How Long After Eating Do Young Puppies Need To Poop?

By Christina Stephens

Successfully potty training your small puppy depends on consistency, commitment and understanding. Small breeds like Yorkies and Bichon Frises, those under 6 weeks old and orphaned puppies have significantly smaller bladders and digestive tracts than larger puppies. This means more frequent trips outside for both you and your little one. Don't fret. With a consistent routine and a bit of dedication, she'll be potty trained right along with the big boys.

After Eating

One of the most important keys to potty training a small puppy is a consistent feeding schedule. Feeding your puppy the same food at the same time each day expedites the process. Even with a strict feeding schedule, a full belly still puts pressure on your small puppy's already tiny bladder and intestines. This can create urgency or even a bathroom emergency, as small puppies lack the muscle tone and control of their larger counterparts. Prevent accidents by taking her outside as soon as she's finished eating.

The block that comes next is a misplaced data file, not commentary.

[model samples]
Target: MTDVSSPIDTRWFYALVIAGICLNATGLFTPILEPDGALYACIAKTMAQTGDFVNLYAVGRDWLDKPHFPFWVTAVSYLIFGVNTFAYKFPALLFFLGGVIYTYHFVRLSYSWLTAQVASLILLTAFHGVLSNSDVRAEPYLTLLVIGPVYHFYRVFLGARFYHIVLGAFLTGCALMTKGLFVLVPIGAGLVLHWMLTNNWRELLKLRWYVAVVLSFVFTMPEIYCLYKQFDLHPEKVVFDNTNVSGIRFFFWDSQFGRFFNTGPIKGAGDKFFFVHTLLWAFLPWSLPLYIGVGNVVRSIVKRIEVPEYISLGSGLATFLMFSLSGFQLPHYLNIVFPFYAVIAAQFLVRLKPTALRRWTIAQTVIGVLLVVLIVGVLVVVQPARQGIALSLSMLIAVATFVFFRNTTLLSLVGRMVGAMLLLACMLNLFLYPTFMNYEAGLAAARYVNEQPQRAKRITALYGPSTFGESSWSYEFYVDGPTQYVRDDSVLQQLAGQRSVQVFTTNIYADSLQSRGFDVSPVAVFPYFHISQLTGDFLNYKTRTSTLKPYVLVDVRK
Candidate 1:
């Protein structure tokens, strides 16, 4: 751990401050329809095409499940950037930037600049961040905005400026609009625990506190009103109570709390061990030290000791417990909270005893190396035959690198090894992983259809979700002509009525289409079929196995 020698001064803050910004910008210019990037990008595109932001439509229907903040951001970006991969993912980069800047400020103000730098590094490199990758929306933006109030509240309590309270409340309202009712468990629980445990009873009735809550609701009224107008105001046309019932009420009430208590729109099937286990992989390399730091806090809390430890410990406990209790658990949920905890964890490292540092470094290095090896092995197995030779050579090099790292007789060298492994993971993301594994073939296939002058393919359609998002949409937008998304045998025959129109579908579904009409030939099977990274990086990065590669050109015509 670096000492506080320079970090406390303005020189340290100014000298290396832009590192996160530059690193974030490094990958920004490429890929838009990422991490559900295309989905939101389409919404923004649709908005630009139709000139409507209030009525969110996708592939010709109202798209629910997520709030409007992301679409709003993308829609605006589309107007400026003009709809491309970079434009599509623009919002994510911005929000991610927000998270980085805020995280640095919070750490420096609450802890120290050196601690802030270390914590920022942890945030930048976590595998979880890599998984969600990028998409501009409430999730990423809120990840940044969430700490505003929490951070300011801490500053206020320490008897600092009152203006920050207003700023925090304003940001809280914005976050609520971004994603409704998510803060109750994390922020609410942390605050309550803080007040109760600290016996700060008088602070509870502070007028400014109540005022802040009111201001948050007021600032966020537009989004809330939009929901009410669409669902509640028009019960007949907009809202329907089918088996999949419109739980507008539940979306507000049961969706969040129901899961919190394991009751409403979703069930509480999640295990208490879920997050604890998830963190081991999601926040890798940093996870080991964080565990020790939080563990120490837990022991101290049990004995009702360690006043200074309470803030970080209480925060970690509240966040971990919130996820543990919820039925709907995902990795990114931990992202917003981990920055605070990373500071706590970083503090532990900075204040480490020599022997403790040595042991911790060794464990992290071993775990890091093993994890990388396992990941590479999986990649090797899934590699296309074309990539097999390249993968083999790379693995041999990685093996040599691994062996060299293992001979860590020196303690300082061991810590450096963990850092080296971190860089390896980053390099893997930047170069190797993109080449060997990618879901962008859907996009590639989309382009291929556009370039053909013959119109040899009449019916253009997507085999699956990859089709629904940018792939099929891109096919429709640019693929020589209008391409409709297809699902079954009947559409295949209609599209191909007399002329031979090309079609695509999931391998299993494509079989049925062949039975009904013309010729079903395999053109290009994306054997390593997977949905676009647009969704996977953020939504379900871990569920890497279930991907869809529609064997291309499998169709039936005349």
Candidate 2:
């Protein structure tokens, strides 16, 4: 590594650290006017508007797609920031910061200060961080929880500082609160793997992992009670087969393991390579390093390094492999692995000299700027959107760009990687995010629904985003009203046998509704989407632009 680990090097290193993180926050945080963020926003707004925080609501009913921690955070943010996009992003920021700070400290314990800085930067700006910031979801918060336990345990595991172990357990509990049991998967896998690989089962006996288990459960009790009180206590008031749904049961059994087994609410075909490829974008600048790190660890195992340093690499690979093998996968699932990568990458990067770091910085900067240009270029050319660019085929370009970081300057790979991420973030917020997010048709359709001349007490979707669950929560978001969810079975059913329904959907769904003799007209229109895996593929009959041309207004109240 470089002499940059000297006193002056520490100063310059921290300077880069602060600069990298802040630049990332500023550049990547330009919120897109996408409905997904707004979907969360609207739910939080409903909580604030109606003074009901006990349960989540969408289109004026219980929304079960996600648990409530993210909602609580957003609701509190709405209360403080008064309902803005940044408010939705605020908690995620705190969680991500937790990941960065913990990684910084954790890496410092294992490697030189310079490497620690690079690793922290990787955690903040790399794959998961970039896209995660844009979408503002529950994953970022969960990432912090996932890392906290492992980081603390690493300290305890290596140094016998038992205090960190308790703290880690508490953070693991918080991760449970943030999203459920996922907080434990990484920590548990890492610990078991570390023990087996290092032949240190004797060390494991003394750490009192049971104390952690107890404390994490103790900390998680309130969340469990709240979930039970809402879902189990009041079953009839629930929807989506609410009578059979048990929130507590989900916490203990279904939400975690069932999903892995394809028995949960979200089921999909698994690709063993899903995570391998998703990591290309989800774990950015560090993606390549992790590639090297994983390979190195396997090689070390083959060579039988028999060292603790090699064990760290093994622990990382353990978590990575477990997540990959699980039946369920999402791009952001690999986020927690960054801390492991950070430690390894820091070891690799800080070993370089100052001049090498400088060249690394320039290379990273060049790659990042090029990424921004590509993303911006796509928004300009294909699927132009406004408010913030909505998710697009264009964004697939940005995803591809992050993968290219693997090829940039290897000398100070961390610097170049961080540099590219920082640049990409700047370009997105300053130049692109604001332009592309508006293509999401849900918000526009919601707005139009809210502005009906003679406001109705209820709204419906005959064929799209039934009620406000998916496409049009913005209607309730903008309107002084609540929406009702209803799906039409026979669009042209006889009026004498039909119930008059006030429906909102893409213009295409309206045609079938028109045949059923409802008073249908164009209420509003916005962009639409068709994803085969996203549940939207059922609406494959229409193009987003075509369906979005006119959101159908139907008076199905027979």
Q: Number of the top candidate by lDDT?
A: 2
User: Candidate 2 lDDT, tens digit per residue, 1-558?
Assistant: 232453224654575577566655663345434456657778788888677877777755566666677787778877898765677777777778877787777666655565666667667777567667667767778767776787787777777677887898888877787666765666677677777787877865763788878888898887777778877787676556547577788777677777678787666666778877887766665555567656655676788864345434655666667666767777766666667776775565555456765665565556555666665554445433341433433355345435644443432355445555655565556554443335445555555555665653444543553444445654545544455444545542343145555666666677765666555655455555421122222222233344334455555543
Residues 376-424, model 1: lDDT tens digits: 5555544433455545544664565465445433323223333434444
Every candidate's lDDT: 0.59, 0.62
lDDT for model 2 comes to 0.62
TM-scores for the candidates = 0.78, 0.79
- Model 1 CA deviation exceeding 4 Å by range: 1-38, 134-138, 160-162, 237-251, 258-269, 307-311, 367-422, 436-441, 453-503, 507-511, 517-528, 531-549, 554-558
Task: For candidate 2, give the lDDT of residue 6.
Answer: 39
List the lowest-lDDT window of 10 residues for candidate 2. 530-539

After Drinking

It's common for small puppies to urinate upwards of 20 times a day. Anticipate her needs by taking her outside immediately after drinking. At night, it's important to limit your puppy's access to water starting two hours before bed, but be prepared to take her outside if she wakes during the night. Staying in tune with cues such as whimpering, barking or scratching in the middle of the night prevents many accidents.

Breed Size

As a rule, puppies can hold their bladder one hour for every month of age. With small-breed puppies, this equation is cut in half. If your Maltese puppy is 2 months old, she should go outside every hour. Puppies respond well to verbal communication and cues. Consistently using phrases such as "let's go outside" or "do you want to go outside" when taking your puppy outside to use the bathroom will help her connect going outside with urinating and defecating.

Orphaned Puppies

Orphaned puppies need a little more help when it comes to potty training. They require patience, understanding and increased verbal communication. Though an orphaned puppy may be similar in size to other puppies her age, she grew up without the stimulation that comes from a mother and littermates. You may have to fill in for the mother's licking of the genitals, which encourages elimination, by wiping the puppy's areas with a damp cotton swab or rag soaked in warm water. The puppy should eliminate almost immediately.

By Christina Stephens


About the Author
Christina Stephens is a writer from Portland, Ore. whose main areas of focus are pets and animals, travel and literature. A veterinary assistant, she taught English in South Korea and holds a BA in English with cum laude honors from Portland State University.